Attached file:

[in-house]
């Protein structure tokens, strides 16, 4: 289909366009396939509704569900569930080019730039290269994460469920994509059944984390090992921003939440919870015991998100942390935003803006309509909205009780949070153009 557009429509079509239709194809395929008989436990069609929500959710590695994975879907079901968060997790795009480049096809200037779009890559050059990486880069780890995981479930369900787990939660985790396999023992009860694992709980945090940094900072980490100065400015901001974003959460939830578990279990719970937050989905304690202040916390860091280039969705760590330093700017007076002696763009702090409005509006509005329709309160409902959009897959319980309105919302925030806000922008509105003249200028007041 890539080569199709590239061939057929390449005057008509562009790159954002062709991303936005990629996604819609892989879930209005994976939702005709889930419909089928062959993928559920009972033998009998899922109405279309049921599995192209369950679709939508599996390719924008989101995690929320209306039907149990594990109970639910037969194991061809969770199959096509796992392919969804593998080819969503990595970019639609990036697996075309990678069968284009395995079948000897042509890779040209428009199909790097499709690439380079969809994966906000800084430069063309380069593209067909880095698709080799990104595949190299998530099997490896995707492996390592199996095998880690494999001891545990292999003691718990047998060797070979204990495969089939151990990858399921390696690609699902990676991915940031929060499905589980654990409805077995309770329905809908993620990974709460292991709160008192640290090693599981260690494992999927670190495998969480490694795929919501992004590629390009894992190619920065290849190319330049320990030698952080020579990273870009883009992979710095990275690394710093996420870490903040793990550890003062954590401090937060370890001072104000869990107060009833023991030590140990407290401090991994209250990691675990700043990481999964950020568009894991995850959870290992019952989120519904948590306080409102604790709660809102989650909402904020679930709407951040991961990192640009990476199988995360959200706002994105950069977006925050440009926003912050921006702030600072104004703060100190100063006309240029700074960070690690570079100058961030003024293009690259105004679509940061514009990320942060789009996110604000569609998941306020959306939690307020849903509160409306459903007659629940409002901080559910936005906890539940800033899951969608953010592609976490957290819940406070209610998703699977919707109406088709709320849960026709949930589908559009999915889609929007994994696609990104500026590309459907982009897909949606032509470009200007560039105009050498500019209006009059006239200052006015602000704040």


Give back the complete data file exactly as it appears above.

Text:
[in-house]
């Protein structure tokens, strides 16, 4: 289909366009396939509704569900569930080019730039290269994460469920994509059944984390090992921003939440919870015991998100942390935003803006309509909205009780949070153009 557009429509079509239709194809395929008989436990069609929500959710590695994975879907079901968060997790795009480049096809200037779009890559050059990486880069780890995981479930369900787990939660985790396999023992009860694992709980945090940094900072980490100065400015901001974003959460939830578990279990719970937050989905304690202040916390860091280039969705760590330093700017007076002696763009702090409005509006509005329709309160409902959009897959319980309105919302925030806000922008509105003249200028007041 890539080569199709590239061939057929390449005057008509562009790159954002062709991303936005990629996604819609892989879930209005994976939702005709889930419909089928062959993928559920009972033998009998899922109405279309049921599995192209369950679709939508599996390719924008989101995690929320209306039907149990594990109970639910037969194991061809969770199959096509796992392919969804593998080819969503990595970019639609990036697996075309990678069968284009395995079948000897042509890779040209428009199909790097499709690439380079969809994966906000800084430069063309380069593209067909880095698709080799990104595949190299998530099997490896995707492996390592199996095998880690494999001891545990292999003691718990047998060797070979204990495969089939151990990858399921390696690609699902990676991915940031929060499905589980654990409805077995309770329905809908993620990974709460292991709160008192640290090693599981260690494992999927670190495998969480490694795929919501992004590629390009894992190619920065290849190319330049320990030698952080020579990273870009883009992979710095990275690394710093996420870490903040793990550890003062954590401090937060370890001072104000869990107060009833023991030590140990407290401090991994209250990691675990700043990481999964950020568009894991995850959870290992019952989120519904948590306080409102604790709660809102989650909402904020679930709407951040991961990192640009990476199988995360959200706002994105950069977006925050440009926003912050921006702030600072104004703060100190100063006309240029700074960070690690570079100058961030003024293009690259105004679509940061514009990320942060789009996110604000569609998941306020959306939690307020849903509160409306459903007659629940409002901080559910936005906890539940800033899951969608953010592609976490957290819940406070209610998703699977919707109406088709709320849960026709949930589908559009999915889609929007994994696609990104500026590309459907982009897909949606032509470009200007560039105009050498500019209006009059006239200052006015602000704040």